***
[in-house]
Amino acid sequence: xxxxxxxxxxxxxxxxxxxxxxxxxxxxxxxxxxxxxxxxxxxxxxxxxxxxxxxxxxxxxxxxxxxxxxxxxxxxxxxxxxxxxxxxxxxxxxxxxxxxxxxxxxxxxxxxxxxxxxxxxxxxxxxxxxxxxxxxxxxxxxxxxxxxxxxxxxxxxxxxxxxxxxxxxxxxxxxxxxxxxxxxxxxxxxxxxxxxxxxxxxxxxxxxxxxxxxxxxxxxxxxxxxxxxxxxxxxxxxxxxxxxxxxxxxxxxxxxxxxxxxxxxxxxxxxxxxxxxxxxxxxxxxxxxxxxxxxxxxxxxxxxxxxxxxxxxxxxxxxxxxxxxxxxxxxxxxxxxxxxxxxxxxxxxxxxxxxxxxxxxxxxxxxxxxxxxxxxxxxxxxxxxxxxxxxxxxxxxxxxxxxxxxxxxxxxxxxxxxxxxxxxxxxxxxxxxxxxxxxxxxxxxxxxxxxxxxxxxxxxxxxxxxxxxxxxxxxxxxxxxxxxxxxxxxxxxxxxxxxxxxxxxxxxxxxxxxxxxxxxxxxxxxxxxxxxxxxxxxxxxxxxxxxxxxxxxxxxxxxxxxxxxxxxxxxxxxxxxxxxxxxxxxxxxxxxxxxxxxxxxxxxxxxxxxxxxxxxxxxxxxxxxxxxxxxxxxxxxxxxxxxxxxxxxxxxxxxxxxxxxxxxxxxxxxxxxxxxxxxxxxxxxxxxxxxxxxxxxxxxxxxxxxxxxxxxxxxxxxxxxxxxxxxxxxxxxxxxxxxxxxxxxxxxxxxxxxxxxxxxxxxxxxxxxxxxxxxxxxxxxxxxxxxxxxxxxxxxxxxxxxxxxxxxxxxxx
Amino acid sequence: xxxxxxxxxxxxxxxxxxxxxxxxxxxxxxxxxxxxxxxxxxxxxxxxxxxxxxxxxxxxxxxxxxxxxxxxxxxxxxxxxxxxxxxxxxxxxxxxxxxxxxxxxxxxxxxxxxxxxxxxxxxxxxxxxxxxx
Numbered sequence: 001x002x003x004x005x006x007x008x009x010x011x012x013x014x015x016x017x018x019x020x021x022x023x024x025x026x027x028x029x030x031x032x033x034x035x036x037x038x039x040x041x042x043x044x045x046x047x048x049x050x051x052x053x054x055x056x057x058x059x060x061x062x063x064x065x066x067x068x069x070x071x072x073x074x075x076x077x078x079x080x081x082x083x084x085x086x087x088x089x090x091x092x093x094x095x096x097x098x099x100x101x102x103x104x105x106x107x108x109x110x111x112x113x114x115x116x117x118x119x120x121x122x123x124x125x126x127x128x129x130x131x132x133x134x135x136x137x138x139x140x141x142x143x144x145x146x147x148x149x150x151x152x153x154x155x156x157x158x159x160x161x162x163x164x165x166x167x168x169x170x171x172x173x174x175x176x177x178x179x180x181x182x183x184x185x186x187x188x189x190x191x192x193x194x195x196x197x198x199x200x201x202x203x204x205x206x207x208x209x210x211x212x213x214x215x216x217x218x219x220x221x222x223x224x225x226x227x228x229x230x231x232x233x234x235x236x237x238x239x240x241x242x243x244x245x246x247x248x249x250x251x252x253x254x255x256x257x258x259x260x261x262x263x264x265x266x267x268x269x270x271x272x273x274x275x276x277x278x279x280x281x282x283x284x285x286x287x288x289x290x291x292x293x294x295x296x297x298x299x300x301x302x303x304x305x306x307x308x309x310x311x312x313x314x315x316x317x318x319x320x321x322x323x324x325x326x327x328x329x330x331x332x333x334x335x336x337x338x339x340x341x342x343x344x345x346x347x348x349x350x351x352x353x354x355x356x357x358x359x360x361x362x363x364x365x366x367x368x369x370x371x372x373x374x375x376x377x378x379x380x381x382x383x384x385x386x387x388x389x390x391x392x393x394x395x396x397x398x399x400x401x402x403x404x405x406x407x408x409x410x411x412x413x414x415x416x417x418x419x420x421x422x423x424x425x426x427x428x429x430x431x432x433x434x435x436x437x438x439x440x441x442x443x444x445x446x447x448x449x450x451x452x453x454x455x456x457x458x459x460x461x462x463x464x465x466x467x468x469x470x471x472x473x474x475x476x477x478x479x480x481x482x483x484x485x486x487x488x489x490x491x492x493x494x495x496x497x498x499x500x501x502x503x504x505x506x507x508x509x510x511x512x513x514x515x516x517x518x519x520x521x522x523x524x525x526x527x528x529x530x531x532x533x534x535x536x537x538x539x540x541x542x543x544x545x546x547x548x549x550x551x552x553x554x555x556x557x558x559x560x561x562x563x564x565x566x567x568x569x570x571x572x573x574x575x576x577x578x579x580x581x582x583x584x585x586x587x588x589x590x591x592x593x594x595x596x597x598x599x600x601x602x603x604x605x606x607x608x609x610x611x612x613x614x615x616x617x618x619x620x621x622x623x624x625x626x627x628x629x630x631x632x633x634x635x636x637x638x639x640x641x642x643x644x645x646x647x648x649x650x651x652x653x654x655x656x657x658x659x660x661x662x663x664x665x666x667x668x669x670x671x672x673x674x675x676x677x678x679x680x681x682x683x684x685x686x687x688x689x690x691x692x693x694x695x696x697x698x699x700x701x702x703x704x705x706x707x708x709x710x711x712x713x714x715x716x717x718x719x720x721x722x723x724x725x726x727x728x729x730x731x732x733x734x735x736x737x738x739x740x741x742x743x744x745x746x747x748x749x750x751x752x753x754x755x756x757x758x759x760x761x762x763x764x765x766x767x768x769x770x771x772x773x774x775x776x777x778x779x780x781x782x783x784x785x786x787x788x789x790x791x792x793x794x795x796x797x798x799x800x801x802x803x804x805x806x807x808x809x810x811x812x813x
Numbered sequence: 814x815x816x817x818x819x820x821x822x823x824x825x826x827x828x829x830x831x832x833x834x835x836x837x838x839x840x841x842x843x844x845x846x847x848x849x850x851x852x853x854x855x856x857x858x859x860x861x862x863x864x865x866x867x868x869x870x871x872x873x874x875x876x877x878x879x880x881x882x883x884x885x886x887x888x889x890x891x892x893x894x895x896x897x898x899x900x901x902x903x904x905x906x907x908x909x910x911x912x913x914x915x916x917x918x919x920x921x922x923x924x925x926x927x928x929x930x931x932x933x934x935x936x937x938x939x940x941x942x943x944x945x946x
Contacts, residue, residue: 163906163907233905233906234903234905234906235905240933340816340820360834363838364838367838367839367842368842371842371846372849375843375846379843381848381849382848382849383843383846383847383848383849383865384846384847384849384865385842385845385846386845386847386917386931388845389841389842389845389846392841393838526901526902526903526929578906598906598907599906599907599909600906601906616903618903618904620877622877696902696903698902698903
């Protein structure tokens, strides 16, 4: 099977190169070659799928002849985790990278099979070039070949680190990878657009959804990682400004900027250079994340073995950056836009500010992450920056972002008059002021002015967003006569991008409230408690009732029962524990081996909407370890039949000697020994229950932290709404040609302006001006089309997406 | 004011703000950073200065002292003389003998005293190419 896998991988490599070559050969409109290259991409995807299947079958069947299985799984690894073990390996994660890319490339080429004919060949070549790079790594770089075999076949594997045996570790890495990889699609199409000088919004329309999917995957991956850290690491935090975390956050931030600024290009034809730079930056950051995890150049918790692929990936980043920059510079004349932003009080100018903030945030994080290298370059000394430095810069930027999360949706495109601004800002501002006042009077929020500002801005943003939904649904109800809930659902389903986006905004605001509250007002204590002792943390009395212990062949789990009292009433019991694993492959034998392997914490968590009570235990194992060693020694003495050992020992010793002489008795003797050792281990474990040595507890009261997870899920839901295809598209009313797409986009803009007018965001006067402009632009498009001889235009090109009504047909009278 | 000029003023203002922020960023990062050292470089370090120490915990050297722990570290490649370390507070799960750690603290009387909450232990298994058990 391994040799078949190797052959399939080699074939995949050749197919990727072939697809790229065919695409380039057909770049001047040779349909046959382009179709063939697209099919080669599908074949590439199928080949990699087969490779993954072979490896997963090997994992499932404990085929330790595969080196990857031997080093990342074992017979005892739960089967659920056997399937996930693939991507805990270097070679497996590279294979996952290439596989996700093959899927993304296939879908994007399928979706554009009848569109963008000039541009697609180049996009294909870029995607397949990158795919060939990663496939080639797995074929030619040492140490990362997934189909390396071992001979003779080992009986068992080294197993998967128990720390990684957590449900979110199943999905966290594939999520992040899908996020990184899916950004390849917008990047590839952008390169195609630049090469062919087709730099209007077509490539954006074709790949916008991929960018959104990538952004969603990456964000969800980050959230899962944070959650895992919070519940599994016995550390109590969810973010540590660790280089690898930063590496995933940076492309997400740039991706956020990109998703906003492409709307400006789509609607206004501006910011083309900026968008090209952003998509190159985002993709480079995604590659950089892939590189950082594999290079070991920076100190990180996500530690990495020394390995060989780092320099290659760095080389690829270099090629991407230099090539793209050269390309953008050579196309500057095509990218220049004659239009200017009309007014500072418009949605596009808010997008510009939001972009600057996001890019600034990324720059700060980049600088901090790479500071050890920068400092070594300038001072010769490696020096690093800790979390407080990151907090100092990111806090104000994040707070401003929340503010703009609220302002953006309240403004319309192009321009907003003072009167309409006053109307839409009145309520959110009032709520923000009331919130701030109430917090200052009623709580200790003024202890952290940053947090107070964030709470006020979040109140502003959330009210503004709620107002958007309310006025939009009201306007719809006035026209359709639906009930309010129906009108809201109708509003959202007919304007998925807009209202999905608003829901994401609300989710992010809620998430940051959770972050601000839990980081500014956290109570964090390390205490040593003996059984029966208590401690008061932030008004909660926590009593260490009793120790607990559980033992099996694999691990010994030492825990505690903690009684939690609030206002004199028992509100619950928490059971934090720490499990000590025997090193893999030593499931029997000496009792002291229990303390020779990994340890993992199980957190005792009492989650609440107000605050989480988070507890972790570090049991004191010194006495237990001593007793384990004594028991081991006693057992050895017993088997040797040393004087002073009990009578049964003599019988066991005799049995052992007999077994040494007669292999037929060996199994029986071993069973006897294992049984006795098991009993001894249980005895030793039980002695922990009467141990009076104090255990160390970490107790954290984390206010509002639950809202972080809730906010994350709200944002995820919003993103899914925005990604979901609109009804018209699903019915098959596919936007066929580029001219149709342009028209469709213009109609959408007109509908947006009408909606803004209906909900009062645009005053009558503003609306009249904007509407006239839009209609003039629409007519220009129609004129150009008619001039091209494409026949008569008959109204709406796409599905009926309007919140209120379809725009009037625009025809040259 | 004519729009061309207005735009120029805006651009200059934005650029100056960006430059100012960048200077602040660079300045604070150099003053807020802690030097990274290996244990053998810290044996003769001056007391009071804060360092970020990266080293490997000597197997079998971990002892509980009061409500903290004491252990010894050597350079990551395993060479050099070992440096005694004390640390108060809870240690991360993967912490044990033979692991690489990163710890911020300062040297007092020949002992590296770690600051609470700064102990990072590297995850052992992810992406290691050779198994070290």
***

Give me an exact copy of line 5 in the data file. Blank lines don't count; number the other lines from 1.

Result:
Numbered sequence: 814x815x816x817x818x819x820x821x822x823x824x825x826x827x828x829x830x831x832x833x834x835x836x837x838x839x840x841x842x843x844x845x846x847x848x849x850x851x852x853x854x855x856x857x858x859x860x861x862x863x864x865x866x867x868x869x870x871x872x873x874x875x876x877x878x879x880x881x882x883x884x885x886x887x888x889x890x891x892x893x894x895x896x897x898x899x900x901x902x903x904x905x906x907x908x909x910x911x912x913x914x915x916x917x918x919x920x921x922x923x924x925x926x927x928x929x930x931x932x933x934x935x936x937x938x939x940x941x942x943x944x945x946x